By Bryan Smith (@)
Big gyms are great. They house a plethora of equipment, all the floor space you could ask for, and, if you are lucky, you may even get to witness the upper thighs of a senior citizen in short-shorts that haven’t seen the light of day since the Leafs won the cup. Sometimes the glory of just being able to tell your friends, “Yeah, I’ve got a gym membership” as opposed to saying, “Yeah, I pay $49.95 per month, plus applicable taxes, for no reason” is enough to keep it.
But when was the last time you were actually inside your gym? And if you do frequent the facility, what were you doing to actually get you closer to reaching your goals?
This is the problem I see with clients who keep their memberships to the local big-box gyms. I’ll first ask them what they are doing when they go. Typical responses are:
1. “I usually warm up with some cardio. The weight section is often a little too full to use most of the machines, so instead I’ll just finish off with some heavy cardio.”
2. “Well, I do the sitty-pushy machine for a few sets, then the sitty-pully machine. Oh! There’s this great sitty bring-my-elbows uppy machine that I especially love to use. Really gets the shoulders going.”
3. “I found a great ‘Booty blast butt bikini bod in seven to 12 weeks’ program online that I usually do in the stretching area while I catch up on Big Brother on the TV screen.”
There are many reasons people go to the gym. The biggest one that I’ve seen is because they think they have to in order to get results. Most don’t know what to do or how to do it once they get there, but they know they have to go because that’s where the fit people go. This is a bit of a backwards way of thinking, but I get it. So the question is, why aren’t you as fit as you’d like to be? Why aren’t you coming out of the gym looking like that toned, hairless man who just held the door for you with his triceps glistening in the sun?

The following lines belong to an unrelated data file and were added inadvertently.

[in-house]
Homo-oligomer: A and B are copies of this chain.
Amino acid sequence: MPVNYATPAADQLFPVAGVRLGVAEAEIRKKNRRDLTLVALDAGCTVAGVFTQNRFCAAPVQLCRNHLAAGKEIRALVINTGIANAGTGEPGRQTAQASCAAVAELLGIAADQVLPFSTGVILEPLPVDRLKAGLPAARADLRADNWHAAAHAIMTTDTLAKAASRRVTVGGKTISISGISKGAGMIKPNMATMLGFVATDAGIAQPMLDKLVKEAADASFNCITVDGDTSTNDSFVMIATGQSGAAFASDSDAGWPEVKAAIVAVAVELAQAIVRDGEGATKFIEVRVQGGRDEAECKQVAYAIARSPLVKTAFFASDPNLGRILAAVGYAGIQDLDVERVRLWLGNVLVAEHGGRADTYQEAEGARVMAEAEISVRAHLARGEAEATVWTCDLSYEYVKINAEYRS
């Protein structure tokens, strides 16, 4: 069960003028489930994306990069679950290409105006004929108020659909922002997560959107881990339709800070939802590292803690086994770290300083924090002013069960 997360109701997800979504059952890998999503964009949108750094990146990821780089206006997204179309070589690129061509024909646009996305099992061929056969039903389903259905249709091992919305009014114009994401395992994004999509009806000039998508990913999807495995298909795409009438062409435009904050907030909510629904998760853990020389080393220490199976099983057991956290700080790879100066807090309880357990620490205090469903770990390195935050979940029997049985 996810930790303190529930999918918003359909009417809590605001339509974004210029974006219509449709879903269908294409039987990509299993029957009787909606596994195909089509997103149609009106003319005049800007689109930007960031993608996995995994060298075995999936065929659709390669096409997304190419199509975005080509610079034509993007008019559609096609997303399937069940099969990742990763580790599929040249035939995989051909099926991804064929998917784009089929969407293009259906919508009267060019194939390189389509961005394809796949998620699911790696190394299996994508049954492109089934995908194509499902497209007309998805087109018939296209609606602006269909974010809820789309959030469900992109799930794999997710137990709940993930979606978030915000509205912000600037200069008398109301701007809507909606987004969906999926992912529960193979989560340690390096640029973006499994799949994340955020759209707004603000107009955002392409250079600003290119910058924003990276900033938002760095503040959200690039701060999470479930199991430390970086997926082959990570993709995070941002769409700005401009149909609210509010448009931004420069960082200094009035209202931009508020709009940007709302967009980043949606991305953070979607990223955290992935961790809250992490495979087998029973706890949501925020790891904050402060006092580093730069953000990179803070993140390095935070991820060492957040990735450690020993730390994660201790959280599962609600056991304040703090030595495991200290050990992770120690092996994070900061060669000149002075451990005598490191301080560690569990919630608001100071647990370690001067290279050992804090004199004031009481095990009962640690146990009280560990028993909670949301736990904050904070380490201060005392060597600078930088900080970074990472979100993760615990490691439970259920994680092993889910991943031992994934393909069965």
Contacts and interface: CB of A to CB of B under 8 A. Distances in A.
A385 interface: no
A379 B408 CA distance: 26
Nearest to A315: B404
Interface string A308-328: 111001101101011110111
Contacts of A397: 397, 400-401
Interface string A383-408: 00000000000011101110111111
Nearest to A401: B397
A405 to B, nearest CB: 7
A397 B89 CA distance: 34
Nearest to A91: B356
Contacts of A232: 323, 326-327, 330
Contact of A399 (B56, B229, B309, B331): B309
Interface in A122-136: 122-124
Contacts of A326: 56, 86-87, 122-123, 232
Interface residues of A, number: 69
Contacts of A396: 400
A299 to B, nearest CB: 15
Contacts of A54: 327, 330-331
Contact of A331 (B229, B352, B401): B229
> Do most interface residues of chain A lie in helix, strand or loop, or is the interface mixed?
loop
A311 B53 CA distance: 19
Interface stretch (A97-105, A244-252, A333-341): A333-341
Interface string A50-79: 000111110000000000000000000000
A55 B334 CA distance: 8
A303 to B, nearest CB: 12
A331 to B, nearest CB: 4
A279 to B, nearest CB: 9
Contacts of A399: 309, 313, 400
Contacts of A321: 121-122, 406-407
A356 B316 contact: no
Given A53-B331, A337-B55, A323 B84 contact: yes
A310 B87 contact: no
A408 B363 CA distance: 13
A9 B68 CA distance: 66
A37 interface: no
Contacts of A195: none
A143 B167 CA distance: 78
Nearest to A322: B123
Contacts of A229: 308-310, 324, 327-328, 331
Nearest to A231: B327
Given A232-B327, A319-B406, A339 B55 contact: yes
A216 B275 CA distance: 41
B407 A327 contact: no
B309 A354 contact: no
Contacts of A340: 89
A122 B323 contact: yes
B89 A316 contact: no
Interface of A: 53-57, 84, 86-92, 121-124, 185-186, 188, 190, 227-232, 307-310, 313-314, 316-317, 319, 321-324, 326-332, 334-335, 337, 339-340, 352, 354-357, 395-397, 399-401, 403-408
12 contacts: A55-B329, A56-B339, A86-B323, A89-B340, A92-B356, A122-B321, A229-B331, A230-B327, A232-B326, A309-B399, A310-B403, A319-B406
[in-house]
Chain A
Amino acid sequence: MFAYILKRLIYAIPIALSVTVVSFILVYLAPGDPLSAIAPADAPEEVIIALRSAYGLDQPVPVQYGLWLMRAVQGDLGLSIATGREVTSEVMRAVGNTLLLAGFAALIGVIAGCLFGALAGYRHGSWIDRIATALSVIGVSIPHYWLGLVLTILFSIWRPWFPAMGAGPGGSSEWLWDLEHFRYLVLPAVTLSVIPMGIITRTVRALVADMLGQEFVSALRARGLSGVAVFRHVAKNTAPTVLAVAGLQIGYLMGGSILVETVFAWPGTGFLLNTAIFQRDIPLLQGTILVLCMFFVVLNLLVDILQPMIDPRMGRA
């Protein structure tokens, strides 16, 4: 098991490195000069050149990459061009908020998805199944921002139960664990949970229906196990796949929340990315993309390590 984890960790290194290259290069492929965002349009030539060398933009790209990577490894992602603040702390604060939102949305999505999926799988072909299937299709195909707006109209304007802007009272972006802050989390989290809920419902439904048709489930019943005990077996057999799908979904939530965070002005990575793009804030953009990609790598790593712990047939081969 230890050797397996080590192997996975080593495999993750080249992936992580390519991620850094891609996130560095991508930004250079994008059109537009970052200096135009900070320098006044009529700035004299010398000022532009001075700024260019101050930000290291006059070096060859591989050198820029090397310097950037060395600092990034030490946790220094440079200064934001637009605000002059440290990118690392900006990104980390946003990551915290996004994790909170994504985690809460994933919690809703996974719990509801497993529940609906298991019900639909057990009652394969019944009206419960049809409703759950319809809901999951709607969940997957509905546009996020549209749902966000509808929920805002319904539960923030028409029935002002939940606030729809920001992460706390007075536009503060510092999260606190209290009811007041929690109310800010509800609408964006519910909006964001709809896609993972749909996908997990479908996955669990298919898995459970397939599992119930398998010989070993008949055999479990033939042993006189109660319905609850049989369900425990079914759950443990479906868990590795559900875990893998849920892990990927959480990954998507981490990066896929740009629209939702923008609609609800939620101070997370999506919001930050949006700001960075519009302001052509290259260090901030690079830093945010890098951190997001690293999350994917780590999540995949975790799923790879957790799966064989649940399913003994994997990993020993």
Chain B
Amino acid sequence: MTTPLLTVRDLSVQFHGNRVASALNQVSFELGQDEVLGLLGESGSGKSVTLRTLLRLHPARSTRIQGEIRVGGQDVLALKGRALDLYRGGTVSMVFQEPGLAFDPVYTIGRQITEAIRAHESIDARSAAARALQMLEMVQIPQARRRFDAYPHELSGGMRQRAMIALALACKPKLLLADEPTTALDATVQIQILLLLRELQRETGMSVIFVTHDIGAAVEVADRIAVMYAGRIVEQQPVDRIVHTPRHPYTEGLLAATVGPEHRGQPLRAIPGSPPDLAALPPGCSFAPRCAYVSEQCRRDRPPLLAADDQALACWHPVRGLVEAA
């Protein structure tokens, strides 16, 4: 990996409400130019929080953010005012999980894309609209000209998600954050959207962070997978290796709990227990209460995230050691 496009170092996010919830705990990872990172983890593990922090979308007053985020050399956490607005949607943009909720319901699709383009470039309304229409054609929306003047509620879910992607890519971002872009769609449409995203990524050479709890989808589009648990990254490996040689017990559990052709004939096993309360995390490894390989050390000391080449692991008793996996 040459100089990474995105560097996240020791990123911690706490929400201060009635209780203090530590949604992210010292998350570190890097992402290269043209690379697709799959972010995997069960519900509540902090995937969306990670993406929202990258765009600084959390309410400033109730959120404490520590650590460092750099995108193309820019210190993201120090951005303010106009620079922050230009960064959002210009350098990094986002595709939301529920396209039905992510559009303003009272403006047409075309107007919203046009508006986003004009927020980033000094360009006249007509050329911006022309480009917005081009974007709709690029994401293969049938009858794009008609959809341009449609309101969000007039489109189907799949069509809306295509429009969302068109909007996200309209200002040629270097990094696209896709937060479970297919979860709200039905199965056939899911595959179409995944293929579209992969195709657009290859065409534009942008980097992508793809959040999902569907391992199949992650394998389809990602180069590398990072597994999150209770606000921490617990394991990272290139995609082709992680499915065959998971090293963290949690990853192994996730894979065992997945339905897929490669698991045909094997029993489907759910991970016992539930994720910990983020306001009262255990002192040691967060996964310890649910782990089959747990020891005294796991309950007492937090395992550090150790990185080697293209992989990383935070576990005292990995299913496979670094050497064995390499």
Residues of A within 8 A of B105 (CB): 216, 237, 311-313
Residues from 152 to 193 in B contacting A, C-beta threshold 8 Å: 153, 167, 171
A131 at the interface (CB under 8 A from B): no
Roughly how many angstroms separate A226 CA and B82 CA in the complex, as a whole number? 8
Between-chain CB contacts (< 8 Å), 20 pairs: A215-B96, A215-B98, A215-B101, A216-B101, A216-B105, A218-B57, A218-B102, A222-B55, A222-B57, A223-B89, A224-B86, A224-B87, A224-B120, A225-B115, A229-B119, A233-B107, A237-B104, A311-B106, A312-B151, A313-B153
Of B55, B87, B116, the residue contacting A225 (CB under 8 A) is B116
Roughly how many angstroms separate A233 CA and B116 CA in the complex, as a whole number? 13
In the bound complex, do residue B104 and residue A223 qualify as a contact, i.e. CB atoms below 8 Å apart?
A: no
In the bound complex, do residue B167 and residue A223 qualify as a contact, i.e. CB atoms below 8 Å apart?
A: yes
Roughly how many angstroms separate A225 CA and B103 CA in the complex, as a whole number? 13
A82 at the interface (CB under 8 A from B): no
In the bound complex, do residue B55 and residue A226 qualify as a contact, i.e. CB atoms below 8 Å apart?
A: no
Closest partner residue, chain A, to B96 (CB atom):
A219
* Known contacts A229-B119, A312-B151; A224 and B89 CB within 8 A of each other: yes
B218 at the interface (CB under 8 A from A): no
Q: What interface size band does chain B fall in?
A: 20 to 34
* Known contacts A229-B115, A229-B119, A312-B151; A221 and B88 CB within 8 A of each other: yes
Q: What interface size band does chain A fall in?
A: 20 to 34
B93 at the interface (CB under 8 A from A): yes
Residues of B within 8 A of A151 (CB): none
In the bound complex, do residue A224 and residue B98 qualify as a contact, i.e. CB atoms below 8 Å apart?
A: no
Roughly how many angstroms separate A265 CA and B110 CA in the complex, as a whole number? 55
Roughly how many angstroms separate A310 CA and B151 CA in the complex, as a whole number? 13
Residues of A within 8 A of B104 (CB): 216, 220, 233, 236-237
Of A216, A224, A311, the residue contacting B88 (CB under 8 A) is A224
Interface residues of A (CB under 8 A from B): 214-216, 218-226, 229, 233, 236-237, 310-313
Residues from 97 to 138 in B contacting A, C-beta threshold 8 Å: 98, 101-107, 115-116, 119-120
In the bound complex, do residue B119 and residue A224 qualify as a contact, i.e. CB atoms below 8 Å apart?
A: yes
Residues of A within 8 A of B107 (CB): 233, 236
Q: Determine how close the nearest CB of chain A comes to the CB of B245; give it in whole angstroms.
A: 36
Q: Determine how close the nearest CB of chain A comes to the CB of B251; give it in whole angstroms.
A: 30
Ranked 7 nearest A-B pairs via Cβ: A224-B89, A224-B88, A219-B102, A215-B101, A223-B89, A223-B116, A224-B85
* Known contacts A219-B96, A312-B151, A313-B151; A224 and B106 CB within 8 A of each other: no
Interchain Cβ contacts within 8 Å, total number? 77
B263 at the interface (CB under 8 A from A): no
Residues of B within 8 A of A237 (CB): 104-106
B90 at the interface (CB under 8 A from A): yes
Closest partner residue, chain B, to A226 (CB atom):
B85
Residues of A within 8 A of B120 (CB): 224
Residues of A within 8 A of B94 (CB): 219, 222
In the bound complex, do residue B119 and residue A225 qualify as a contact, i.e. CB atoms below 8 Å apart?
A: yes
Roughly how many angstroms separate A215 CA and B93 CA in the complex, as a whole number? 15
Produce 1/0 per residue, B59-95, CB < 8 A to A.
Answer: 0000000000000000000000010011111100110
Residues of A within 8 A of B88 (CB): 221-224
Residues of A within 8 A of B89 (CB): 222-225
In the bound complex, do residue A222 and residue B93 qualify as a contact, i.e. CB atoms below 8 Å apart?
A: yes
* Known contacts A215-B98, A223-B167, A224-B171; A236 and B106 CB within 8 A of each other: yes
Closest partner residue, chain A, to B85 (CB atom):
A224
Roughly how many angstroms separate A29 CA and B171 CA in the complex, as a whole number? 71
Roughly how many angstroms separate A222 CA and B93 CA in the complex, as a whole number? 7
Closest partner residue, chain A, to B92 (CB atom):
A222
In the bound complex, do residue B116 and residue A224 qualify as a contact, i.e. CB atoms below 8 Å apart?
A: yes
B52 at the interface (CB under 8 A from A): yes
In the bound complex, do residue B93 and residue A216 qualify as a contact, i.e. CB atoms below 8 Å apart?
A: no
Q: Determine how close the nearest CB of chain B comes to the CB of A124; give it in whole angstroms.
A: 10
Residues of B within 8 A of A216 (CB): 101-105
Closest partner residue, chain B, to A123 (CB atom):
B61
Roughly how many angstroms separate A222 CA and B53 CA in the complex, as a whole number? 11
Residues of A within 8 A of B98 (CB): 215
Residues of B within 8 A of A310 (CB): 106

Now don’t get me wrong, I’m not knocking the gym. I was a member for years. All I’m saying is that there may be a better way to do it — a better way for you, in particular. If you aren’t happy with your results and are feeling a little overwhelmed with the idea of going back to hormone central (a.k.a. Globo Gym and the like), maybe a home gym is what you need. I know what you are thinking: “I don’t have the money to start a home gym!” Well, it can be cheaper than you think. I’ve seen many successful clients reach all of their goals simply by working out at home. It doesn’t mean you need to buy racks of weights and the latest cardio equipment; it just means that you need to think of the exercises that would benefit you the most. It’s true that, unfortunately, the machines at the gym usually provide a very basic function. They are there so that you, a semi-regular gym-goer, can manipulate the equipment with very little risk of injury, in a very controlled environment. The only problem with that is I can’t remember the last time I had to sit down on a seat with a backrest and push hundreds of pounds away from my chest in a straight line. If this is your goal, that’s great, but for the general population, I think something like being able to do a push-up properly or being able to squat while effectively engaging the glutes is a much better goal. Being able to manipulate your own body weight is something that I feel is terribly overlooked in the fitness realm, and not being able to do so is a massive predictor of injury and dysfunction. My studio was established from a rehabilitation background. We’ve had elite athletes come to us for training, and they spend the first few sessions just lying on the ground, doing some of the most basic exercises that are ridiculously hard for them to complete. Just because the gym is full of fancy equipment and the Internet is packed with elaborate exercises, that doesn’t mean you should use or do them.
Most people would benefit from buying a few weights and bands, getting themselves a foam roller, and spending a few hours a week in the comfort of their own home, recognizing how their body moves and gaining an appreciation of exercise before they venture off to the gym. It’s not sexy, I know, but in my opinion, it’s the best way to really teach someone how to exercise and not just how to go to the gym and mindlessly push weights while texting between sets.
Getting a gym membership feels nice. Pulling into the parking lot feels rewarding in itself. But spending an hour inside those doors feeling more confused than Stevie Wonder in a corn maze doesn’t benefit anything other than the gym’s bank account.